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http://dx.doi.org/10.3390/brainsci8030041DOI Listing
http://www.ncbi.nlm.nih.gov/pmc/articles/PMC5870359PMC
March 2018

Examining the short-term anxiolytic and antidepressant effect of Floatation-REST.

PLoS One 2018 2;13(2):e0190292. Epub 2018 Feb 2.

Laureate Institute for Brain Research, Tulsa, Oklahoma, United States of America.

Floatation-REST (Reduced Environmental Stimulation Therapy) reduces sensory input to the nervous system through the act of floating supine in a pool of water saturated with Epsom salt. The float experience is calibrated so that sensory signals from visual, auditory, olfactory, gustatory, thermal, tactile, vestibular, gravitational and proprioceptive channels are minimized, as is most movement and speech. This open-label study aimed to examine whether Floatation-REST would attenuate symptoms of anxiety, stress, and depression in a clinical sample. Fifty participants were recruited across a spectrum of anxiety and stress-related disorders (posttraumatic stress, generalized anxiety, panic, agoraphobia, and social anxiety), most (n = 46) with comorbid unipolar depression. Measures of self-reported affect were collected immediately before and after a 1-hour float session, with the primary outcome measure being the pre- to post-float change score on the Spielberger State Anxiety Inventory. Irrespective of diagnosis, Floatation-REST substantially reduced state anxiety (estimated Cohen's d > 2). Moreover, participants reported significant reductions in stress, muscle tension, pain, depression and negative affect, accompanied by a significant improvement in mood characterized by increases in serenity, relaxation, happiness and overall well-being (p < .0001 for all variables). In reference to a group of 30 non-anxious participants, the effects were found to be more robust in the anxious sample and approaching non-anxious levels during the post-float period. Further analysis revealed that the most severely anxious participants reported the largest effects. Overall, the procedure was well-tolerated, with no major safety concerns stemming from this single session. The findings from this initial study need to be replicated in larger controlled trials, but suggest that Floatation-REST may be a promising technique for transiently reducing the suffering in those with anxiety and depression.

Trial Registration: ClinicalTrials.gov NCT03051074.
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http://journals.plos.org/plosone/article?id=10.1371/journal.pone.0190292PLOS
http://www.ncbi.nlm.nih.gov/pmc/articles/PMC5796691PMC
March 2018

Tulsa 1000: a naturalistic study protocol for multilevel assessment and outcome prediction in a large psychiatric sample.

BMJ Open 2018 01 24;8(1):e016620. Epub 2018 Jan 24.

Laureate Institute for Brain Research, Tulsa, Oklahoma, USA.

Introduction: Although neuroscience has made tremendous progress towards understanding the basic neural circuitry underlying important processes such as attention, memory and emotion, little progress has been made in applying these insights to psychiatric populations to make clinically meaningful treatment predictions. The overall aim of the Tulsa 1000 (T-1000) study is to use the NIMH Research Domain Criteria framework in order to establish a robust and reliable dimensional set of variables that quantifies the positive and negative valence, cognition and arousal domains, including interoception, to generate clinically useful treatment predictions.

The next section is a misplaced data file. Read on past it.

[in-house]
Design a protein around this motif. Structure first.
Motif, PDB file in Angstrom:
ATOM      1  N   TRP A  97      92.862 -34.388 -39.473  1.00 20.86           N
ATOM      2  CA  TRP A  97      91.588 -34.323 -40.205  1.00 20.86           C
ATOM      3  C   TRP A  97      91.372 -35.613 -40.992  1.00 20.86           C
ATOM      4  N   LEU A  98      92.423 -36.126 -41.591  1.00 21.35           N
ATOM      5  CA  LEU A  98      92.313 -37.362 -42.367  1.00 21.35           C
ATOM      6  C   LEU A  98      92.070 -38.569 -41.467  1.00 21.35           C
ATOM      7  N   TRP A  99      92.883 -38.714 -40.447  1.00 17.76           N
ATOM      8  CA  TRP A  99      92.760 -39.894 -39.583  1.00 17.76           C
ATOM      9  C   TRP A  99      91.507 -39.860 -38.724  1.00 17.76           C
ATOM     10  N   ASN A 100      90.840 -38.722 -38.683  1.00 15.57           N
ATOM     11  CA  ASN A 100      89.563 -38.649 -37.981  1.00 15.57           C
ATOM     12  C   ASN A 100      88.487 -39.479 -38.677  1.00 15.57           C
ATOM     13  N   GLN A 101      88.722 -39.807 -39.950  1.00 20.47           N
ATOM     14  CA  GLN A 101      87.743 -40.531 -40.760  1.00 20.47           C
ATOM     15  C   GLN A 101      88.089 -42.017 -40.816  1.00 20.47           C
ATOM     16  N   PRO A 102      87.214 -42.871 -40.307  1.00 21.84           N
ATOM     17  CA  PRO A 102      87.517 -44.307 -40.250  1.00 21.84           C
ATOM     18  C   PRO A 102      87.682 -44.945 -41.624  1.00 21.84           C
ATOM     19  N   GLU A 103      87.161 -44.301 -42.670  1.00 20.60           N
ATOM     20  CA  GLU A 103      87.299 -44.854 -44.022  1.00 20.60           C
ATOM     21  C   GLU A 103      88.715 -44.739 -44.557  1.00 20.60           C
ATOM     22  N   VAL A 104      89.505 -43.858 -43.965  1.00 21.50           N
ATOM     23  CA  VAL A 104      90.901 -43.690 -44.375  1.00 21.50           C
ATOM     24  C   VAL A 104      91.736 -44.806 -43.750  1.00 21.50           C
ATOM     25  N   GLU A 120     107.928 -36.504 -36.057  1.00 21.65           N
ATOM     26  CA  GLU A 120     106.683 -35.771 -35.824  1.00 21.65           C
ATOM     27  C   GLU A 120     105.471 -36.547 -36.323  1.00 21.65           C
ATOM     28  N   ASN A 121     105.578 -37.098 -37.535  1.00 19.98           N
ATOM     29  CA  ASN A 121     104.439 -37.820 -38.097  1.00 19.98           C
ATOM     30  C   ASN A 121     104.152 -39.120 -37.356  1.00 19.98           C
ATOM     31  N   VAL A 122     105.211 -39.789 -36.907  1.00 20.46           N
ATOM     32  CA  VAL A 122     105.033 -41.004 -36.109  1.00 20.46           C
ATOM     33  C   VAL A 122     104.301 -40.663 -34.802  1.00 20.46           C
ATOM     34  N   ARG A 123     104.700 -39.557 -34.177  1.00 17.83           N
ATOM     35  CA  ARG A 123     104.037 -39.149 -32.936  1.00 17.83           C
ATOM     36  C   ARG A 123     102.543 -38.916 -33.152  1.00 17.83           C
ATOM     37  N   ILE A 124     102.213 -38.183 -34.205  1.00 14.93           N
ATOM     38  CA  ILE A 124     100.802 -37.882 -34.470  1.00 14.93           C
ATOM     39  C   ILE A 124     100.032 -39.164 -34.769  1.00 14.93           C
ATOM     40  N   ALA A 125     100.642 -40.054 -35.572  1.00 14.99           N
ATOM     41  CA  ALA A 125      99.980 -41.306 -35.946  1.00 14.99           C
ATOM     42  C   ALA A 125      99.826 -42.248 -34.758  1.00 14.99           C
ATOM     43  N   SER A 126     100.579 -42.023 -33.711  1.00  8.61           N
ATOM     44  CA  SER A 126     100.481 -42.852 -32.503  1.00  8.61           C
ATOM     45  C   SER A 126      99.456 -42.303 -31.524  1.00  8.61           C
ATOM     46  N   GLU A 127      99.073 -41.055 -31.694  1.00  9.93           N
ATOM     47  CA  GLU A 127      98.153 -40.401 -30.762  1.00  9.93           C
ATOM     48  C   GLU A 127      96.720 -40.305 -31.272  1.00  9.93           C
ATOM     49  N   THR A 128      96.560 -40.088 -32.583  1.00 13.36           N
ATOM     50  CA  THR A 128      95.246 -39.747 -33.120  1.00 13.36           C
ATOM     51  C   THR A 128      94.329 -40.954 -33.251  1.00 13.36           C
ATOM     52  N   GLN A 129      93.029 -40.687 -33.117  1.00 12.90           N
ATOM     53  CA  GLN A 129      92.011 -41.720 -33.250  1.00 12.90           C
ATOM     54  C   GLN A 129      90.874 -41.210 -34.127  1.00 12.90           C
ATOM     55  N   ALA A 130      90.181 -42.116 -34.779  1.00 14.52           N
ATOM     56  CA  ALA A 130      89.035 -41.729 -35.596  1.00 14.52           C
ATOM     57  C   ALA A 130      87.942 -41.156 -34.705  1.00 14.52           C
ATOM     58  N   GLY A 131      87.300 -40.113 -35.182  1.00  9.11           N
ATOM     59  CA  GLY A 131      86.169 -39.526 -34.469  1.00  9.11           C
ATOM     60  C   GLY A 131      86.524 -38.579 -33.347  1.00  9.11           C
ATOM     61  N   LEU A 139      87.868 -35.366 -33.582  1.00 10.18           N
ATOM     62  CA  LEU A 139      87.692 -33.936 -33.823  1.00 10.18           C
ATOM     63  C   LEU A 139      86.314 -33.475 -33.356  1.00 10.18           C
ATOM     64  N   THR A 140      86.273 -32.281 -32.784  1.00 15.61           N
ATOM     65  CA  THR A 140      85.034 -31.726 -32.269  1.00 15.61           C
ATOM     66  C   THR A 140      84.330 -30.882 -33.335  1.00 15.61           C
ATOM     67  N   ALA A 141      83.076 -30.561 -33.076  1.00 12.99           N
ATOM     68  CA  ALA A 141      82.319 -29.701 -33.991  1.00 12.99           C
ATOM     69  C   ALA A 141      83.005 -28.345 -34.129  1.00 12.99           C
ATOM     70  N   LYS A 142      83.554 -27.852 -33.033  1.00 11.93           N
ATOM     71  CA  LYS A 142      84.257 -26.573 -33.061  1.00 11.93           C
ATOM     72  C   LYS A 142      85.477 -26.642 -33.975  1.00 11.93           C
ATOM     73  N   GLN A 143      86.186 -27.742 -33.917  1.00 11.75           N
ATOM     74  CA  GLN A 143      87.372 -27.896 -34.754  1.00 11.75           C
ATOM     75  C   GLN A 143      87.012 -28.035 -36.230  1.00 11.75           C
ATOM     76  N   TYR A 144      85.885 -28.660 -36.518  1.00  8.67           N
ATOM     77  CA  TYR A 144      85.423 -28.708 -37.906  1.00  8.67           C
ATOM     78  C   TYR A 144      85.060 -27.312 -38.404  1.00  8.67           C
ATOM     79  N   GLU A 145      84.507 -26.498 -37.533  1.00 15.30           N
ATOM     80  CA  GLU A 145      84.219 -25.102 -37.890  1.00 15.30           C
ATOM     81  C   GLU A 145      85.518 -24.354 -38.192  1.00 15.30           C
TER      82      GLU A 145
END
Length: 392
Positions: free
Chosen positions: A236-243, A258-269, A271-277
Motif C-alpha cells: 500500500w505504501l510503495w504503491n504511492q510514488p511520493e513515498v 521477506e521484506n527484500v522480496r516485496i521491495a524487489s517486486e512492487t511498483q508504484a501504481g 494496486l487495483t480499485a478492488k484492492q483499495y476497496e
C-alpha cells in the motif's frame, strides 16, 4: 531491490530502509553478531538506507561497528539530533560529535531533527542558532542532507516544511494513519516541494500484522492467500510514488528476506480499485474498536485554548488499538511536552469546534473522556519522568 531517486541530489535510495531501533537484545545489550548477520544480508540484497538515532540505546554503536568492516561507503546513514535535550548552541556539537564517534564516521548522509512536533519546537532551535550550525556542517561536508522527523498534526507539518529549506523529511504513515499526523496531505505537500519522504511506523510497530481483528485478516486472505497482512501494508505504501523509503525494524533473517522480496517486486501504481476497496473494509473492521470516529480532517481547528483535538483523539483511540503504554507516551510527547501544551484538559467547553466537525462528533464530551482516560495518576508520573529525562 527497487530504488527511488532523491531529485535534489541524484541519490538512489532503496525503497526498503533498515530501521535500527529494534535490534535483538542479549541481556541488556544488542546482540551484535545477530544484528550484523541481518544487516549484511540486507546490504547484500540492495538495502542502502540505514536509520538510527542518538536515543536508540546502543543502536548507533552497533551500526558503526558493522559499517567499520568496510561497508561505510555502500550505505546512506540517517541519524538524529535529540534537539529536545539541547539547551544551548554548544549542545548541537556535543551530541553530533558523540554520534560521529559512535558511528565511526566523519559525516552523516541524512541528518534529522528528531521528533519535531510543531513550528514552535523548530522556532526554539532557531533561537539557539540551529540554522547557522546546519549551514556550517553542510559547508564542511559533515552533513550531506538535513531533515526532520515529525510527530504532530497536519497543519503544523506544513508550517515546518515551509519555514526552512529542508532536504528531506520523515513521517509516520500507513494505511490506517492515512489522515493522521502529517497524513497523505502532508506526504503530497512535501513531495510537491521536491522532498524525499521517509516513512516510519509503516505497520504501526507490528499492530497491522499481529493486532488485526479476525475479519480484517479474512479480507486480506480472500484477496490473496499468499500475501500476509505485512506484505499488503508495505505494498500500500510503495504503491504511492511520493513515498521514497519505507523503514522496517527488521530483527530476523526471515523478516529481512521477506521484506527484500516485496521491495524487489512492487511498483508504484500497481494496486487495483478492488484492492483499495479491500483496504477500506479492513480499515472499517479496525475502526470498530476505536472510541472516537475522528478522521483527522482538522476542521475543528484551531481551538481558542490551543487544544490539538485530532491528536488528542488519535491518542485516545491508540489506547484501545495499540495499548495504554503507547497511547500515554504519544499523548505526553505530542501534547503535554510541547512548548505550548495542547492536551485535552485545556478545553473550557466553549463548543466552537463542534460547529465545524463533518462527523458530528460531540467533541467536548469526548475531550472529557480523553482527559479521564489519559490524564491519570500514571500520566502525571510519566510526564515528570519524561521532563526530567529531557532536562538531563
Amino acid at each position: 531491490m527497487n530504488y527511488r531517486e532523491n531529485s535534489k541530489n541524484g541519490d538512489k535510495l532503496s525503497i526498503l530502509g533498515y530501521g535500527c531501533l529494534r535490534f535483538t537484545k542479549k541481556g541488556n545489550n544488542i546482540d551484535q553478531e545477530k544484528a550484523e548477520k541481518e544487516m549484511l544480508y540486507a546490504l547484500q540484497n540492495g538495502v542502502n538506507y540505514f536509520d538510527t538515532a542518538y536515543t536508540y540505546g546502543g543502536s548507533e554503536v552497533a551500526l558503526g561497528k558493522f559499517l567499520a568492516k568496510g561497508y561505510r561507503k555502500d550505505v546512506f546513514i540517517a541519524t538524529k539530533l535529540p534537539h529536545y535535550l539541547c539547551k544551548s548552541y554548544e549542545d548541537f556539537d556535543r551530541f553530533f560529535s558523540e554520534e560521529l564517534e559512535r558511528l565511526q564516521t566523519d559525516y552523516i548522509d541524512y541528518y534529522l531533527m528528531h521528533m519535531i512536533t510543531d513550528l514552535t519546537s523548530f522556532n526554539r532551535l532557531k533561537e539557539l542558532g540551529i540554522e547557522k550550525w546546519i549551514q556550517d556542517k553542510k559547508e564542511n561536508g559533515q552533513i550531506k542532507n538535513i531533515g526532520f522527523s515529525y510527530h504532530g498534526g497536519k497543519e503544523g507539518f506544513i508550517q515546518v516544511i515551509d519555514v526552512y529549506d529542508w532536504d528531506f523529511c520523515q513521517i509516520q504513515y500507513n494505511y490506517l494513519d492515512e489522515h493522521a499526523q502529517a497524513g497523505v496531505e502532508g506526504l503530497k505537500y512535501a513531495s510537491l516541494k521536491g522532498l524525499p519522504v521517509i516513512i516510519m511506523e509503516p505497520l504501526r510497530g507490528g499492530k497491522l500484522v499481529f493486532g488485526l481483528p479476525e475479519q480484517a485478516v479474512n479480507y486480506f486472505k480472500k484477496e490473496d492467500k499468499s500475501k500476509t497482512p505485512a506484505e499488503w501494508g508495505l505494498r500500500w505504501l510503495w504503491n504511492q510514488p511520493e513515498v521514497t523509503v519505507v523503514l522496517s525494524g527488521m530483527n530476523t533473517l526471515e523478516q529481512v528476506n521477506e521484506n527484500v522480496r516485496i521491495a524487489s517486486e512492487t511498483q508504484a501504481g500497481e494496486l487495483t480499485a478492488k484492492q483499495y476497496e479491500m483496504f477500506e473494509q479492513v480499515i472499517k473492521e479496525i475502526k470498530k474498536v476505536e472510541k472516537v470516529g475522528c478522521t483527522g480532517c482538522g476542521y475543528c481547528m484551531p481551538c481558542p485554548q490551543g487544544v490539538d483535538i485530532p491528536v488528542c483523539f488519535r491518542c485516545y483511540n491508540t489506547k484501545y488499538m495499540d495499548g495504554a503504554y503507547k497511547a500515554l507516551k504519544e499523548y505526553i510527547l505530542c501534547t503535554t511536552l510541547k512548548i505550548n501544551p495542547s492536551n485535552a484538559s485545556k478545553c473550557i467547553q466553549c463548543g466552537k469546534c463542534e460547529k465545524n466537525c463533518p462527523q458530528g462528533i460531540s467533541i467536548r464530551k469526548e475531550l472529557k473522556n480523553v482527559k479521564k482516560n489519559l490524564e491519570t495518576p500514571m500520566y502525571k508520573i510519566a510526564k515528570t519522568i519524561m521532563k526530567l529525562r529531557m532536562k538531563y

Methods And Analysis: The T-1000 is a naturalistic study that will recruit, assess and longitudinally follow 1000 participants, including healthy controls and treatment-seeking individuals with mood, anxiety, substance use and eating disorders. Each participant will undergo interview, behavioural, biomarker and neuroimaging assessments over the course of 1 year. The study goal is to determine how disorders of affect, substance use and eating behaviour organise across different levels of analysis (molecules, genes, cells, neural circuits, physiology, behaviour and self-report) to predict symptom severity, treatment outcome and long-term prognosis. The data will be used to generate computational models based on Bayesian statistics. The final end point of this multilevel latent variable analysis will be standardised assessments that can be developed into clinical tools to help clinicians predict outcomes and select the best intervention for each individual, thereby reducing the burden of mental disorders, and taking psychiatry a step closer towards personalised medicine.

Ethics And Dissemination: Ethical approval was obtained from Western Institutional Review Board screening protocol #20101611. The dissemination plan includes informing health professionals of results for clinical practice, submitting results to journals for peer-reviewed publication, presenting results at national and international conferences and making the dataset available to researchers and mental health professionals.

Trial Registration Number: NCT02450240; Pre-results.
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http://dx.doi.org/10.1136/bmjopen-2017-016620DOI Listing
http://www.ncbi.nlm.nih.gov/pmc/articles/PMC5786129PMC
January 2018

Randomized trial of vitamin D3 to prevent worsening of musculoskeletal symptoms in women with breast cancer receiving adjuvant letrozole. The VITAL trial.

Breast Cancer Res Treat 2017 Nov 2;166(2):491-500. Epub 2017 Aug 2.

Department of Internal Medicine, University of Kansas Medical Center, Kansas City, KS, USA.